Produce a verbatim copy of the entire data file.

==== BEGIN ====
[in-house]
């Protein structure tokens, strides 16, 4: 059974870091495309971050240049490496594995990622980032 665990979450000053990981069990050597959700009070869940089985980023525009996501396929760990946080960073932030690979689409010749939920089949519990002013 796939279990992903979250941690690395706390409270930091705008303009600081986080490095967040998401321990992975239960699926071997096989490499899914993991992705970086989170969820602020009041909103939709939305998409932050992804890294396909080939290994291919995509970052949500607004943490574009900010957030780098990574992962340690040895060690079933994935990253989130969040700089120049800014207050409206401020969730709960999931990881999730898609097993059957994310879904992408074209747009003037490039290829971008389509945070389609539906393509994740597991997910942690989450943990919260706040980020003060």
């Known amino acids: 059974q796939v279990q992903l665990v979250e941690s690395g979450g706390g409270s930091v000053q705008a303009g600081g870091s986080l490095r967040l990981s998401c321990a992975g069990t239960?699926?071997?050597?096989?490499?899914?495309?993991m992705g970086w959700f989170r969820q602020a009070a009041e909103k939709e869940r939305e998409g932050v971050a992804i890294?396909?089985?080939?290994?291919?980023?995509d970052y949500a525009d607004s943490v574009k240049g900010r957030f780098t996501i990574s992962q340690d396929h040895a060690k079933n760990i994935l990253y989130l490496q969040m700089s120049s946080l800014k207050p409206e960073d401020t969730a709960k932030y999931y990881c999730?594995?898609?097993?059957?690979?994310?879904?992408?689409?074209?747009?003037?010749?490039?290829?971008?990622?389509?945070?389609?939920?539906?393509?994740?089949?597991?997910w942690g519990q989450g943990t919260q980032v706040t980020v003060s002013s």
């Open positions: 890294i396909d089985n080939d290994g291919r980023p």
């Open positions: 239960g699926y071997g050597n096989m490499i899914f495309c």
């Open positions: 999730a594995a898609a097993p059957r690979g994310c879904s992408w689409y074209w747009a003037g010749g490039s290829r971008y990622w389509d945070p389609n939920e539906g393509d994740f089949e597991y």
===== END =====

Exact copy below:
[in-house]
């Protein structure tokens, strides 16, 4: 059974870091495309971050240049490496594995990622980032 665990979450000053990981069990050597959700009070869940089985980023525009996501396929760990946080960073932030690979689409010749939920089949519990002013 796939279990992903979250941690690395706390409270930091705008303009600081986080490095967040998401321990992975239960699926071997096989490499899914993991992705970086989170969820602020009041909103939709939305998409932050992804890294396909080939290994291919995509970052949500607004943490574009900010957030780098990574992962340690040895060690079933994935990253989130969040700089120049800014207050409206401020969730709960999931990881999730898609097993059957994310879904992408074209747009003037490039290829971008389509945070389609539906393509994740597991997910942690989450943990919260706040980020003060």
């Known amino acids: 059974q796939v279990q992903l665990v979250e941690s690395g979450g706390g409270s930091v000053q705008a303009g600081g870091s986080l490095r967040l990981s998401c321990a992975g069990t239960?699926?071997?050597?096989?490499?899914?495309?993991m992705g970086w959700f989170r969820q602020a009070a009041e909103k939709e869940r939305e998409g932050v971050a992804i890294?396909?089985?080939?290994?291919?980023?995509d970052y949500a525009d607004s943490v574009k240049g900010r957030f780098t996501i990574s992962q340690d396929h040895a060690k079933n760990i994935l990253y989130l490496q969040m700089s120049s946080l800014k207050p409206e960073d401020t969730a709960k932030y999931y990881c999730?594995?898609?097993?059957?690979?994310?879904?992408?689409?074209?747009?003037?010749?490039?290829?971008?990622?389509?945070?389609?939920?539906?393509?994740?089949?597991?997910w942690g519990q989450g943990t919260q980032v706040t980020v003060s002013s």
């Open positions: 890294i396909d089985n080939d290994g291919r980023p």
């Open positions: 239960g699926y071997g050597n096989m490499i899914f495309c």
């Open positions: 999730a594995a898609a097993p059957r690979g994310c879904s992408w689409y074209w747009a003037g010749g490039s290829r971008y990622w389509d945070p389609n939920e539906g393509d994740f089949e597991y």